NEW YORK (HedgeWorld.com)–After a frightful October, hedge funds seem to be limping back to positive territory, gaining 0.07% in November in the S&P Hedge Fund Index.
Still, hedge funds for the most part are made a poor showing compared with the Standard & Poor’s 500 stock index, which was up 3.52% for the same time period.
Managed futures managers, on the other hand, returned 4.19% and seem to have had the best time of all last month with currency plays and long metals exposure. Thanks to long positions in the U.S. dollar vs. European and Asian currencies, managed futures firms did well, but for the year through Nov. 30 the strategy is still down 2.56%, according to Standard and Poor’s.
For the first eleven months of 2005, equity long/short managers remain on top, with gains of 6.71%. The S&P Equity Long/Short Index was up 2.48% last month, benefiting from an equity rebound, officials said.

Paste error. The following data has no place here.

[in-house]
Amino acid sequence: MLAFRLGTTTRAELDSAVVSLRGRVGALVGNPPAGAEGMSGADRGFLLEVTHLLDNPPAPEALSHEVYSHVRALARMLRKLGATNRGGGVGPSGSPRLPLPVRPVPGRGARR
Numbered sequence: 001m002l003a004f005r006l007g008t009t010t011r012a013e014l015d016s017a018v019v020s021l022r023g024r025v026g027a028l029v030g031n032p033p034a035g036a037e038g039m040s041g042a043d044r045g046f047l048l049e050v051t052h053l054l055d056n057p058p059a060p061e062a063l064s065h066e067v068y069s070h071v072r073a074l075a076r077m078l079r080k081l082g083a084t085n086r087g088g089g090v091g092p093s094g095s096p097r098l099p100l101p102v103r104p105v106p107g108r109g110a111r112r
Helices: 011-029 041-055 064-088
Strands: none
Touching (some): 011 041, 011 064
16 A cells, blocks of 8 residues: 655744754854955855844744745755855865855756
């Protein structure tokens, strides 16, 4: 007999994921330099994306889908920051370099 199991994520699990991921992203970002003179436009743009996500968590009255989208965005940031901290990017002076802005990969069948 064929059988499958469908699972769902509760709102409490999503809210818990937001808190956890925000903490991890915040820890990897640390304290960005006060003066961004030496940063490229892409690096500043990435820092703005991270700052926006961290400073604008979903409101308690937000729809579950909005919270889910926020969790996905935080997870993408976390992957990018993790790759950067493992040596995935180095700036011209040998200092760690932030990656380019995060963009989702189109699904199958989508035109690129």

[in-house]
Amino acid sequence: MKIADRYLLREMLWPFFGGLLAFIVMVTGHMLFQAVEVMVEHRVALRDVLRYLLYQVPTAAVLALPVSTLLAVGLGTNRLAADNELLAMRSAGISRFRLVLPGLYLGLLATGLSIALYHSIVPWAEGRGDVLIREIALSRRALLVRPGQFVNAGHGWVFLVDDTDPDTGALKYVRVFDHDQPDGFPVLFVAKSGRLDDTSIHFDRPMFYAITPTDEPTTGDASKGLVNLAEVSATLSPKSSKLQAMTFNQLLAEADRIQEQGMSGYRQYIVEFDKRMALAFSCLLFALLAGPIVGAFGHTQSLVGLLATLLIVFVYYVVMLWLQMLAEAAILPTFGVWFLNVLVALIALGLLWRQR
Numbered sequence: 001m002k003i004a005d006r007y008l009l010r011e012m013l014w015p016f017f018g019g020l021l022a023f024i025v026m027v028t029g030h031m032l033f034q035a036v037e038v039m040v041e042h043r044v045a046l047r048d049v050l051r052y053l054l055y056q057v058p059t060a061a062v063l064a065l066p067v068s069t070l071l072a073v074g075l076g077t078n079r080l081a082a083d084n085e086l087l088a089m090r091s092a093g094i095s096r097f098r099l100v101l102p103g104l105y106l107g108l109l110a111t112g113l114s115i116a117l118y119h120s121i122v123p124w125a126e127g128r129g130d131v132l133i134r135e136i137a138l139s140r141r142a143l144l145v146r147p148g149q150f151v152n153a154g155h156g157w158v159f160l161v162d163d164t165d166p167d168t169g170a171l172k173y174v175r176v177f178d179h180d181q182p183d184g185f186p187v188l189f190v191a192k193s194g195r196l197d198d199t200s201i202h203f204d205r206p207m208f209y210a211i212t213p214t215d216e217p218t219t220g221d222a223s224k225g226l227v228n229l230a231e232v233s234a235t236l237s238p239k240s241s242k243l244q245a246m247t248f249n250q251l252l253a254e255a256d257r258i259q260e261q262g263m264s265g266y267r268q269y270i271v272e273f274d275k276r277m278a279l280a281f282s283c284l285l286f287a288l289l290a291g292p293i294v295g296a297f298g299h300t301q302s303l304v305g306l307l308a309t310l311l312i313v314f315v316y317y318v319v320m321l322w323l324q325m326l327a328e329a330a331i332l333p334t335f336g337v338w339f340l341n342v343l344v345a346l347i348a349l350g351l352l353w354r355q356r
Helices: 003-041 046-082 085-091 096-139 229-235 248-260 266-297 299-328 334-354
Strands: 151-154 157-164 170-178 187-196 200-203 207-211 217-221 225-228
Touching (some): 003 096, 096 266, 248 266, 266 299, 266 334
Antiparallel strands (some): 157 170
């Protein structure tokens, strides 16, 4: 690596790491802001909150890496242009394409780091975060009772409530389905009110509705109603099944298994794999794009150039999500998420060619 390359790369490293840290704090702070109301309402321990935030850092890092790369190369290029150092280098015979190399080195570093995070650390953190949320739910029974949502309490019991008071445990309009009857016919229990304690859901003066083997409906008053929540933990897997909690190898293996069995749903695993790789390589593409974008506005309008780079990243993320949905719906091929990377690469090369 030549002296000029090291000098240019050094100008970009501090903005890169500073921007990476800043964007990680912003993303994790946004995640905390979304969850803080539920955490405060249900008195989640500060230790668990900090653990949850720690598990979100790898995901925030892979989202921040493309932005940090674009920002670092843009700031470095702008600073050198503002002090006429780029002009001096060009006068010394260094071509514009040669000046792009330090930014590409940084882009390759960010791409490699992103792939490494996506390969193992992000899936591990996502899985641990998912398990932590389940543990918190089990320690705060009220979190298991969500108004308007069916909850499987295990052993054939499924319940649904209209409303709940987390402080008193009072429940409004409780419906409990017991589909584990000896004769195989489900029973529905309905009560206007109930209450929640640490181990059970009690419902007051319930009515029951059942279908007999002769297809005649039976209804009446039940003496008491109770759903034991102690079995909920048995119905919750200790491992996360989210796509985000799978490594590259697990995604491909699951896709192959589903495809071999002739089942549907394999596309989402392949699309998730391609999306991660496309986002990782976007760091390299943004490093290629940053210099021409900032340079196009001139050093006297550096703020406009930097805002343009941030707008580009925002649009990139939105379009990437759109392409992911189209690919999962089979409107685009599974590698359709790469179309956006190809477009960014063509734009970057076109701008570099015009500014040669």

“After the sharp sell-off in October, most markets not only recouped their losses but also reached all-time highs on the heels of supportive economic and corporate data,” said Charles Davidson, senior hedge fund specialist at Standard & Poor’s, in a statement.
Renewed gusto in mergers and acquisitions helped event-driven managers also do well. The S&P Event-Driven Index returned a positive 0.45% in November, riding the wave of buyouts and restructurings.
Special situations managers also performed well, providing a boost to the S&P Directional/Tactical Index. That sub-index gained 1% in November and is up 2.56% for the year to date. Analysts said managers are still holding on to relatively high cash levels in anticipation of a more favorable investment climate next year.
Arbitrageurs seemed to have dragged the index down in November. Managers of these strategies are thought to be in the middle of a sell-off in order to raise cash for year-end redemption requests, S&P officials said. Widening spreads on credits is thought to have hurt convertible arbitrager managers particularly hard in the United States. Fixed-income arbitrage funds, meanwhile, battled the inversion of the yield curve.
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